China’s Vice-President Wang Qishan delivered unusually personal, off-the-cuff remarks in Singapore before his keynote address at a new economic forum after US tycoon Michael Bloomberg introduced him as “the most influential political figure” in China and the world.
Wang, widely seen as Chinese President Xi Jinping’s right-hand man, seemed taken aback by the description at the inaugural Bloomberg New Economy Forum, and tried to “lighten the mood” by speaking about the pitfalls of flattery before going on to deliver his prepared speech.
He also compared the political histories of Bloomberg and himself, respectively the former mayors of New York City and Beijing, before saying that Beijing was ready to talk to Washington to resolve their trade war.
“In my lifetime, from growing up to maturing, I have tried to keep calm and have a clear mind,” Wang said from the ballroom at the Capella Hotel on Sentosa Island. “When I hear words of praise, I fear that it is peng sha (an attempt to cause someone to fail by excessive praise). When I hear words of criticism, I don’t worry so much because these are bang sha.”
Bang sha refers to the intention to defeat through criticising others.
“It is not easy to keep calm and have a clear mind, and people will often lose their head when they hear flattery.”
The concept of peng sha has been a subject of discussion among Chinese scholars of international relations. Some of them have argued that Western nations are killing China by overestimating or praising China’s power as they push Beijing to take more international responsibility.
The words of caution came after Bloomberg opened the forum, an Asia-centred event that aims to rival the World Economic Forum in Davos, Switzerland, with the introduction of Wang and a reference to their first meeting more than a decade earlier.
“I first met him 15 years ago in a dinner at my house when he was mayor of Beijing and I was mayor of New York,” Bloomberg, who may stand as a US presidential candidate in 2020, said.
“Today, he is the most influential political figure in China and in the world and he has played a key role in Chinese finance and politics for more than 30 years, helping to lead that country to a period of extraordinary growth, navigate challenges along the way, including the financial crisis of 2008.”
It was then that Wang, 69, strode onto the stage to upbeat music to deliver his address, where he compared his time as mayor of Beijing to Bloomberg, who was the 108th mayor of New York.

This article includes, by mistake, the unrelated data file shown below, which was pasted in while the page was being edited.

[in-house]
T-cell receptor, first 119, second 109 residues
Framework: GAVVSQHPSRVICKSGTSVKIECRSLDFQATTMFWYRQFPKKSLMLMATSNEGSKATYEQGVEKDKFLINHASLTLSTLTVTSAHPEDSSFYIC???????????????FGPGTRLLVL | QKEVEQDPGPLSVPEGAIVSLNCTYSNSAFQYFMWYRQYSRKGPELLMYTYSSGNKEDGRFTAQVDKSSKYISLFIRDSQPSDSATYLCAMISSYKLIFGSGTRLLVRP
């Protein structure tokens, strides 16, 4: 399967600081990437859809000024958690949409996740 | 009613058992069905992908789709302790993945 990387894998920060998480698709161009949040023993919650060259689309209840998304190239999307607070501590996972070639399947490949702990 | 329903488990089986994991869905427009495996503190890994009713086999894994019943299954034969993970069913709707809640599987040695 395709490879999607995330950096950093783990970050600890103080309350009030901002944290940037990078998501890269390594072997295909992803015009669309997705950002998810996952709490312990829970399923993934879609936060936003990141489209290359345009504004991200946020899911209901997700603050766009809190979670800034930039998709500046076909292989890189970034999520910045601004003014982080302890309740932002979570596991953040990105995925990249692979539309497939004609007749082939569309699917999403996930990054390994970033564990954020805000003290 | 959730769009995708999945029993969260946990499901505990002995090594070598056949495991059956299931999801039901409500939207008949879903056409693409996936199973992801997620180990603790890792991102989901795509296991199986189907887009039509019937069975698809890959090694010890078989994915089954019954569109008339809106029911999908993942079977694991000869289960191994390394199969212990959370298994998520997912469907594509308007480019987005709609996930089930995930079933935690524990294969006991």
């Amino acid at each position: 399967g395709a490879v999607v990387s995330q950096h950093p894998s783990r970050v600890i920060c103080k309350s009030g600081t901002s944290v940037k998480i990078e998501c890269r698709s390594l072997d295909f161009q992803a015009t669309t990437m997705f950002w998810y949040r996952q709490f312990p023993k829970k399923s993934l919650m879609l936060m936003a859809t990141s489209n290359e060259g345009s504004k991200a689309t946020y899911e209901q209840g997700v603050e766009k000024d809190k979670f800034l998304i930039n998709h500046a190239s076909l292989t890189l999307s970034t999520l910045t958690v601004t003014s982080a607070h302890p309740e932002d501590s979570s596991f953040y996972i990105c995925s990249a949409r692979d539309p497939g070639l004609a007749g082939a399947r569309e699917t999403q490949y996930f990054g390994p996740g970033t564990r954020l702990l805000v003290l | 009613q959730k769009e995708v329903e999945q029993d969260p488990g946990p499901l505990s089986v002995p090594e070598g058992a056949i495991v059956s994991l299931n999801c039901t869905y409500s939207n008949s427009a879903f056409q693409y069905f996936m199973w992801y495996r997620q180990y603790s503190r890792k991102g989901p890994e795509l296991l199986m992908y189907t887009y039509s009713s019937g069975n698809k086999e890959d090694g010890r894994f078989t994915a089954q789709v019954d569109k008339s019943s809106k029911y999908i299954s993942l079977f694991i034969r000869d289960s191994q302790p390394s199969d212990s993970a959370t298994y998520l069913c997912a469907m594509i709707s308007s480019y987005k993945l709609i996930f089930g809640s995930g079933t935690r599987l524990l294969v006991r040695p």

“The history of New York is not that long, and yet you are the 108th mayor,” Wang said. “Beijing has been the capital of China for several hundred years, and I wonder why there is not a mayor list. I would probably be the several hundredth mayor of Beijing.”
His spontaneous remarks were followed by a dive into major global challenges, from climate change to economic inequality and rising populism and unilateralism, before addressing the trade war with the US. In the middle of his nearly 20-minute speech, he waxed philosophically about the development of China’s history and culture, arguing that understanding this is necessary to understanding China today.
“History, the present, and future are closely related, and it is necessary to learn about China’s history and culture to understand its choice of path and system, and how they are supported by Chinese culture,” he said. “To understand the history of [the People’s Republic of China] in the past 70 years, one has to go back to the year 1840 when China was bullied and oppressed by imperialist powers. Since then, the unyielding Chinese people have been fighting to once again stand on their feet and achieve prosperity and strength.”
Wang, who was only publicly confirmed last week as the keynote speaker, concluded by stressing the need for globalisation and multilateralism, and that China – like himself – would stay “calm and clear minded” despite the trade war.
The New Economy Forum, which was several years in preparation, was to take place in Beijing, but was moved to Singapore in the midst of the months-long trade war. Its dates also clashed with the Shanghai import fair, which Beijing designated one of its priority events of the year.